Pharmacogenomics: Social, Ethical, and Clinical Dimensions

Pharmacogenomics: Social, Ethical, and Clinical Dimensions Book pdf

Author:

Mark Rothstein

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English

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Natural Science

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364

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Pharmacology

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Professor Rothstein has a joint appointment at the Brandeis School of Law and the School of Medicine. He holds the Herbert F. Boehl Chair of Law and Medicine and is the Founding Director of the Institute for Bioethics, Health Policy and Law at the University of Louisville School of Medicine. He joined the University of Louisville faculty in 2001. Professor Rothstein has concentrated his research on bioethics, genetics, health privacy, public health law, research ethics, and employment law. From 1999-2008 he served as Chair of the Subcommittee on Privacy and Confidentiality of the National Committee on Vital Health Statistics, the statutory advisory committee to the Secretary of Health and Human Services on health information policy. He is past president of the American Society of Law, Medicine and Ethics. He also served as Public Health Ethics Editor for the American Journal of Public Health from 2011-2019 and writes a regular column on bioethics for the Journal of Law, Medicine & Ethics. Additionally, Professor Rothstein has authored 19 books and over 300 articles on his areas of research.

Book Description

Pharmacogenomics: Social, Ethical, and Clinical Dimensions book pdf by Mark Rothstein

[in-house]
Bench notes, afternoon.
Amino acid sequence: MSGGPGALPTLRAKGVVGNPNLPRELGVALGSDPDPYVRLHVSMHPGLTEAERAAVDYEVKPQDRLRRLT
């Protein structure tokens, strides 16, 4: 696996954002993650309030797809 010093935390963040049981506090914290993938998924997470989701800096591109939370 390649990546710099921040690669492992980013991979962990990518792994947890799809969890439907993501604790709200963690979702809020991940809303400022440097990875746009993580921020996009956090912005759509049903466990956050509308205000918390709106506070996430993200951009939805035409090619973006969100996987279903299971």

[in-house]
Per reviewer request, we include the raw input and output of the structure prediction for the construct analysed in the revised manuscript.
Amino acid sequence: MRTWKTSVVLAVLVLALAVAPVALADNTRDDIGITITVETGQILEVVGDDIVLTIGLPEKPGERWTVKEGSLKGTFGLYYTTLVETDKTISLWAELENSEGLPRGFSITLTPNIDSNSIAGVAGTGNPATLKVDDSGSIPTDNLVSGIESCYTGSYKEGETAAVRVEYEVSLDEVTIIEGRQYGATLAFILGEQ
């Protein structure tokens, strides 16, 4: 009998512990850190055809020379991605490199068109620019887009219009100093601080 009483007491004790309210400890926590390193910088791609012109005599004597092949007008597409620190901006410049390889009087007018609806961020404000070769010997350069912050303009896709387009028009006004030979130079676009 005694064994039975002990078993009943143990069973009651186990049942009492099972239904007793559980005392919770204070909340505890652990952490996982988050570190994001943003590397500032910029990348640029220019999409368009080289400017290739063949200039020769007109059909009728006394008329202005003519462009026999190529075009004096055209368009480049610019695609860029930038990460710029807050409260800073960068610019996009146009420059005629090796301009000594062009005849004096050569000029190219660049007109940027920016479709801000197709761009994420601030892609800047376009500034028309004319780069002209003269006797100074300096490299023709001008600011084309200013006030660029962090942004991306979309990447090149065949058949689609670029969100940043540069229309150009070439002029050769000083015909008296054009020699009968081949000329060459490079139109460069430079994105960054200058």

This collection of essays focuses on all aspects of the emerging field of pharmacogenomics except the science that underpins it. This omission is understandable because the science of pharmacogenomics is currently clouded by uncertainty. Pharmacogenomics refers to the use of genomic tools to understand differences among people in their responses to drugs, either in terms of efficacy or in terms of adverse effects. It is assumed that many of these differences derive from specific DNA-sequence variants. Yet this assumption is largely unproved. Moreover, we have little understanding of the nature or frequency of such functionally important variants or of their distribution in different populations. Still, the paucity of data has not prevented prominent academics and executives in the biopharmaceutical industry from making sweeping statements about how pharmacogenomics will bring about the era of "personalized" medicine. Such statements offer an irresistible starting point for considerations of the social and ethical implications of pharmacogenomics. Scientific uncertainty does not provide much on which to build an essay. The one indisputable fact about pharmacogenomics is that it offers a possible solution to immense clinical problems that currently have no solutions - namely, serious adverse drug effects and the poor response of considerable numbers of patients to the available treatments for a given condition. It is therefore not surprising that the chapter called "Integration of Pharmacogenomics into Medical Practice" is the crispest essay in the book. The authors of this chapter offer concrete examples of success stories in which pharmacogenomics may have helped identify subgroups for specific cancer treatments. Other chapters offer fascinating glimpses into fields that may not be familiar to geneticists, genomicists, or clinicians and that have yet to be defined in relation to the anticipated effect of pharmacogenomics. For example, there are two detailed chapters about the legal implications of pharmacogenomics, one on intellectual-property law and the other on potential liability issues. These chapters show that it is possible to be prepared for a variety of alternative scenarios, depending on what the science indicates. What is really striking is the diverse ways in which the prospect of pharmacogenomics is influencing social science. Several forceful chapters focus on race - what it means, how it is defined, and how pharmacogenomics may influence its relation to issues of social justice, such as discrimination and equality of access to health care. These chapters are particularly speculative, and their conclusions may change as the science of pharmacogenomics progresses, particularly if this science does not result in personalized medicine within the next several years. Still, they will be informative for geneticists or genomicists and provide a reminder that many people outside this field are going to be paying a lot of attention as discoveries about human genetic variation and drug response are reported.

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